Here’s my assembly for our local junior school for tomorrow morning on the theme of the General Election, you can download the powerpoint here.
What’s your favourite colour? Maybe it’s yellow or red, blue, green or purple. Maybe you prefer a combination or like there to be some kind of pattern or symbol. The media has been saturated with a competing range of badges and banners urging those over 18 to nail their colours to the mast. It’s because there’s a General Election scheduled for tomorrow.
The General Election has probably passed many of you by. It’s simply been an irritating interruption to TV, radio and social media. But maybe it has more to do with all of us than you might think.
Politics does have something to do with all of us, even those who are under the age of 18 and are not yet able to vote. Politics is about the way we organize the communities and country in which we live. It affects our water, our power, our schools, hospitals, mobile phone networks and much much more!
Every one of us, I’m pretty sure, wants the best for ourselves and also the best for society. The range of political parties competing for seats in Parliament simply shows that there might be many different ways to achieve this and so politics becomes a complicated business.
William Gladstone, Liberal prime minister of the 19th century said ‘It is the duty of government to make it difficult for people to do wrong, easy to do right’.
We need good leaders in every area of our society. Without good political leaders, laws would be passed that would make it easier for people to do wrong things and get away with them. Gladstone was right about what governments exist to do – good leaders make it harder to do wrong and easier to do right. Without good political leaders, the country would descend into a very unstable place where the poorest and most vulnerable in society were not being looked after. Many believe a society should be judged on how well it looks after its most needy and vulnerable. Good government frees up people to take responsibility to do good and confront things when they are bad.
Explain that the children will have one vote each at the end to choose who they feel would make the best leader of the country based on what they say and anything they know about them:
- ‘When I despair, I remember that all through history the ways of truth and love have always won.’ (Gandhi)
- ‘You have to be unique, and different, and shine in your own way.’ (Lady Gaga)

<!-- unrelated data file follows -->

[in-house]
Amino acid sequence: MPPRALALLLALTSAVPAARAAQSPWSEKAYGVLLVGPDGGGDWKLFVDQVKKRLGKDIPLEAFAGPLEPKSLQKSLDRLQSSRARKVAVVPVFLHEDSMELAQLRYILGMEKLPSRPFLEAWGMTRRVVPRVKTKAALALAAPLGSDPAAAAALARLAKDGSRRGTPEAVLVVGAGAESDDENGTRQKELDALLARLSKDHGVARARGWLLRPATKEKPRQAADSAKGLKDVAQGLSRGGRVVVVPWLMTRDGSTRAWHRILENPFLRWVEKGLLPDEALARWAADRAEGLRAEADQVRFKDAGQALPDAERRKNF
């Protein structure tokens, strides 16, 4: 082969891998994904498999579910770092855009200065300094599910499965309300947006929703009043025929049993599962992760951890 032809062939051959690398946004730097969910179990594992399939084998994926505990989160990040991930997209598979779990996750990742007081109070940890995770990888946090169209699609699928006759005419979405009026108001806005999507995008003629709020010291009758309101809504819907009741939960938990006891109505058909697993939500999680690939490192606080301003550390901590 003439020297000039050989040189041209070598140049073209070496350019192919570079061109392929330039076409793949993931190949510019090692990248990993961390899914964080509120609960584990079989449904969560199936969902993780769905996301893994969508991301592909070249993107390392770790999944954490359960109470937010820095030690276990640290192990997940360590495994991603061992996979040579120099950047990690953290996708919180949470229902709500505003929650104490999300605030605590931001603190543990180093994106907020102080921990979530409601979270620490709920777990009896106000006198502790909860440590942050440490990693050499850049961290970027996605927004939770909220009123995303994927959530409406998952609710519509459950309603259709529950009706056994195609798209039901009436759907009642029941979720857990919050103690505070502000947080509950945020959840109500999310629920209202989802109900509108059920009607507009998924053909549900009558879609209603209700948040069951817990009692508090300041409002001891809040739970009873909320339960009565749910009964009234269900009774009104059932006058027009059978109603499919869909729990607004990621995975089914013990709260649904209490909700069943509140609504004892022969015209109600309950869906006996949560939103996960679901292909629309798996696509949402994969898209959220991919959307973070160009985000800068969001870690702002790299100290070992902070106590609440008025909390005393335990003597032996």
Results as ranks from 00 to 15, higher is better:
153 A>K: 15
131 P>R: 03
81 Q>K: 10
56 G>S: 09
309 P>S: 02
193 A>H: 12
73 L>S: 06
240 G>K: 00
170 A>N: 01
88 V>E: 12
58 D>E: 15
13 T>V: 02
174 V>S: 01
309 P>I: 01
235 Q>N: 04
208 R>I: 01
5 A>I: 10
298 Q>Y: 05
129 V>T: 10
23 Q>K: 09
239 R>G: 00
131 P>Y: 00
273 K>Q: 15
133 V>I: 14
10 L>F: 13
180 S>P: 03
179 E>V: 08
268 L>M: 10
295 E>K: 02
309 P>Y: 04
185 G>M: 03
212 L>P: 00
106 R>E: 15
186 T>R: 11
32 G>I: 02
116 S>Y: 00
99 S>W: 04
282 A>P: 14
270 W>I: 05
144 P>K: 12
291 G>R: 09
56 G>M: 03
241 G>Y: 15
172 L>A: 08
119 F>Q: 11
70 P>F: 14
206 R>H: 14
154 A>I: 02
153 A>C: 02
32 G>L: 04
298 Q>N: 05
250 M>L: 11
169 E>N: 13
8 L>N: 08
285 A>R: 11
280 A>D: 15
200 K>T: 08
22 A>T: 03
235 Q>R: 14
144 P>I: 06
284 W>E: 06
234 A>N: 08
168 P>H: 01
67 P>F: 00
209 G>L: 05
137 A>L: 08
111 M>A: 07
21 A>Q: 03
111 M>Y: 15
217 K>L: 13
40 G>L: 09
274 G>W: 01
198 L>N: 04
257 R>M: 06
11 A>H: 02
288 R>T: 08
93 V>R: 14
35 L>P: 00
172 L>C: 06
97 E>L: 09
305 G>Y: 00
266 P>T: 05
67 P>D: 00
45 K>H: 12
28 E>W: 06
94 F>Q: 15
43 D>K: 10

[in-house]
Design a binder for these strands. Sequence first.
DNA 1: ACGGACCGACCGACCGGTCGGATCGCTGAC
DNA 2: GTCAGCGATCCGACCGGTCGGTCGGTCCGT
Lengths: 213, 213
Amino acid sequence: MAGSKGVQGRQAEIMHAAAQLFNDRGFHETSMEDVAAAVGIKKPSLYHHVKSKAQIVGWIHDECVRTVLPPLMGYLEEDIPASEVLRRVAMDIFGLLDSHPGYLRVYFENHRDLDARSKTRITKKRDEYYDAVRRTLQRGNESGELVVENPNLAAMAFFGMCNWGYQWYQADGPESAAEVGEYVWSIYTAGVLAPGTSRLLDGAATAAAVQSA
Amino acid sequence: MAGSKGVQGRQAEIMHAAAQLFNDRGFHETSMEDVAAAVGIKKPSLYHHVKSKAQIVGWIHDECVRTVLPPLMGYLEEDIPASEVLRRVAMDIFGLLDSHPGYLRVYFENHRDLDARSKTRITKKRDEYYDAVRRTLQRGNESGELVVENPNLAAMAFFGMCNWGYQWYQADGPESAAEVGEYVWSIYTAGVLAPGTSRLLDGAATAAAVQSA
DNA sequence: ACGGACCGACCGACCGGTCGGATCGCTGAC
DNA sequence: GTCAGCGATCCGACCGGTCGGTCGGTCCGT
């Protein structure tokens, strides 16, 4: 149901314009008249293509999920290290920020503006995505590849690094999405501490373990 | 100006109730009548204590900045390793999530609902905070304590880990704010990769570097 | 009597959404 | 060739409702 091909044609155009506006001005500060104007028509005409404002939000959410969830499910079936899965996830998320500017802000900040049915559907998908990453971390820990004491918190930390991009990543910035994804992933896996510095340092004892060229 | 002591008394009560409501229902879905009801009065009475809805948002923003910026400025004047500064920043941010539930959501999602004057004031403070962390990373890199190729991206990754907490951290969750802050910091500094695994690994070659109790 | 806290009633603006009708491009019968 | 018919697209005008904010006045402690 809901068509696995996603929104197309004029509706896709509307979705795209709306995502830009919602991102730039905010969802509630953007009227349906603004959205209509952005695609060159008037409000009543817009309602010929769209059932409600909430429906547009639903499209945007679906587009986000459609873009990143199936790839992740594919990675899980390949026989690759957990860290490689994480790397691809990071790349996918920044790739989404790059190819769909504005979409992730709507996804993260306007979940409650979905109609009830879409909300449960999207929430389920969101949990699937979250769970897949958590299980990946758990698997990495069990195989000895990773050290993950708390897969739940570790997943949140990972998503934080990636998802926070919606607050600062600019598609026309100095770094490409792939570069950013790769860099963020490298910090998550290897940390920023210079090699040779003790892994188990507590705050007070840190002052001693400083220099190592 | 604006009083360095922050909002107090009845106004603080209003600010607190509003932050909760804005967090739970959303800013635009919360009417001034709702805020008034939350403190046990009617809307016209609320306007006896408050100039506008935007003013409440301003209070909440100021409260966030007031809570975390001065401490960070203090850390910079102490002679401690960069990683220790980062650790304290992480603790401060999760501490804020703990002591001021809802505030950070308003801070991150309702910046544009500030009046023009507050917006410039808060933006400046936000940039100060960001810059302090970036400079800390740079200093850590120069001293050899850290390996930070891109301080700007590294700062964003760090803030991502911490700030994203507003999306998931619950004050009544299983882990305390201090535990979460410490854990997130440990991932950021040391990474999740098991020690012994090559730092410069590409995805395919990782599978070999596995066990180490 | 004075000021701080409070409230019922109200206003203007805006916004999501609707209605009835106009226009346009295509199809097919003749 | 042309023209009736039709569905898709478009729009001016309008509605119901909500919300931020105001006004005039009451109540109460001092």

- ‘Courage is what it takes to stand up and speak. Courage is also what it takes to sit down and listen.’ (Winston Churchill)
- ‘I stand for freedom of expression, doing what you believe in, and going after your dreams.’ (Madonna)
- ‘Education is the most powerful weapon which you can use to change the world.’ (Nelson Mandela)
- ‘I still look at myself and want to improve.’ (David Beckham)
Hold the vote with a show of hands and announce the winner! Point out that it can sometimes be difficult to choose – perhaps you wanted to vote for more than one person, or you were disappointed that your person didn’t win. But this is how democracy works.
In the end, everyone agrees to go with what most people (the majority) decide and once the person who has been elected takes his or her place, that person represents everyone (not just those who voted for them!) – that’s democracy!
What about you?
But what about us? The result of the General Election might affect us but we still don’t have a vote. What’s politics got to do with us?
You are already able to demonstrate your views. You live as part of a school community and reside in a local geographical community. From what I hear, you’ve got lots of ideas. You believe there are better ways to do many things. You get angry at what you perceive as injustice. You get irritated at rules and regulations that seem to have little point. You want to describe a better way to do it. So what might you do?
Politics in school is about making your views known. Use ideas boxes to post your concerns and suggestions. Think about what’s important for the most vulnerable in the school or those who are too shy to voice their opinion publicly.
Politics in your community can provide the opportunity to work with all ages. Make a stand, offer to volunteer, take part in a boycott, hold a protest rally and use social media. It’s all politics and you can be an important part of it.
I don’t know what the Election result is likely to be. It’s too close to call. I hope you take an interest. But more than that, I hope you get involved.
Thank you for people who are willing to give their time and expertise to organize the society in which we live.
Remind us of their sacrifices when we’re tempted to criticise them and help us to see where and when we too can be involved in politics.